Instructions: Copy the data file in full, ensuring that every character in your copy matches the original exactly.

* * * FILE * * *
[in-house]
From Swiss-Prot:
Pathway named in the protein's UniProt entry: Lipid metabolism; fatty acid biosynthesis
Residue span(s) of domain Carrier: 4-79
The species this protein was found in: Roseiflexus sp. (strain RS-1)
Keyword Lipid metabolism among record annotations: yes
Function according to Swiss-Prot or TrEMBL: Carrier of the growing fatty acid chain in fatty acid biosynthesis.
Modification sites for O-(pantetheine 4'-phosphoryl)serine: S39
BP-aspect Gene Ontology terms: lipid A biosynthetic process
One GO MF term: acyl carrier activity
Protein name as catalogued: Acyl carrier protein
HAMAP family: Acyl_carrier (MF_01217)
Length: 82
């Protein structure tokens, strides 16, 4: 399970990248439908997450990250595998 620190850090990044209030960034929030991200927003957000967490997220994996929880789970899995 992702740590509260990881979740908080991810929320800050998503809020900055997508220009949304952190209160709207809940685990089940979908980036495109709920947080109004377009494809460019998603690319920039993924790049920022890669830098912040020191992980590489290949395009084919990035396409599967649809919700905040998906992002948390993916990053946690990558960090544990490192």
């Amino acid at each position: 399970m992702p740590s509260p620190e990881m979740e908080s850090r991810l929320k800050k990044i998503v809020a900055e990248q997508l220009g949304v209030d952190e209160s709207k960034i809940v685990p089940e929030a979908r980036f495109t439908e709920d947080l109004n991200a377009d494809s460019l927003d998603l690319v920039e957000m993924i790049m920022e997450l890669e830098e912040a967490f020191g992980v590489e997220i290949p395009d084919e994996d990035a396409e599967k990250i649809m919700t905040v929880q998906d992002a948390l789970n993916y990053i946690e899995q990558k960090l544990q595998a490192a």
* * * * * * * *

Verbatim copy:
[in-house]
From Swiss-Prot:
Pathway named in the protein's UniProt entry: Lipid metabolism; fatty acid biosynthesis
Residue span(s) of domain Carrier: 4-79
The species this protein was found in: Roseiflexus sp. (strain RS-1)
Keyword Lipid metabolism among record annotations: yes
Function according to Swiss-Prot or TrEMBL: Carrier of the growing fatty acid chain in fatty acid biosynthesis.
Modification sites for O-(pantetheine 4'-phosphoryl)serine: S39
BP-aspect Gene Ontology terms: lipid A biosynthetic process
One GO MF term: acyl carrier activity
Protein name as catalogued: Acyl carrier protein
HAMAP family: Acyl_carrier (MF_01217)
Length: 82
């Protein structure tokens, strides 16, 4: 399970990248439908997450990250595998 620190850090990044209030960034929030991200927003957000967490997220994996929880789970899995 992702740590509260990881979740908080991810929320800050998503809020900055997508220009949304952190209160709207809940685990089940979908980036495109709920947080109004377009494809460019998603690319920039993924790049920022890669830098912040020191992980590489290949395009084919990035396409599967649809919700905040998906992002948390993916990053946690990558960090544990490192």
């Amino acid at each position: 399970m992702p740590s509260p620190e990881m979740e908080s850090r991810l929320k800050k990044i998503v809020a900055e990248q997508l220009g949304v209030d952190e209160s709207k960034i809940v685990p089940e929030a979908r980036f495109t439908e709920d947080l109004n991200a377009d494809s460019l927003d998603l690319v920039e957000m993924i790049m920022e997450l890669e830098e912040a967490f020191g992980v590489e997220i290949p395009d084919e994996d990035a396409e599967k990250i649809m919700t905040v929880q998906d992002a948390l789970n993916y990053i946690e899995q990558k960090l544990q595998a490192a």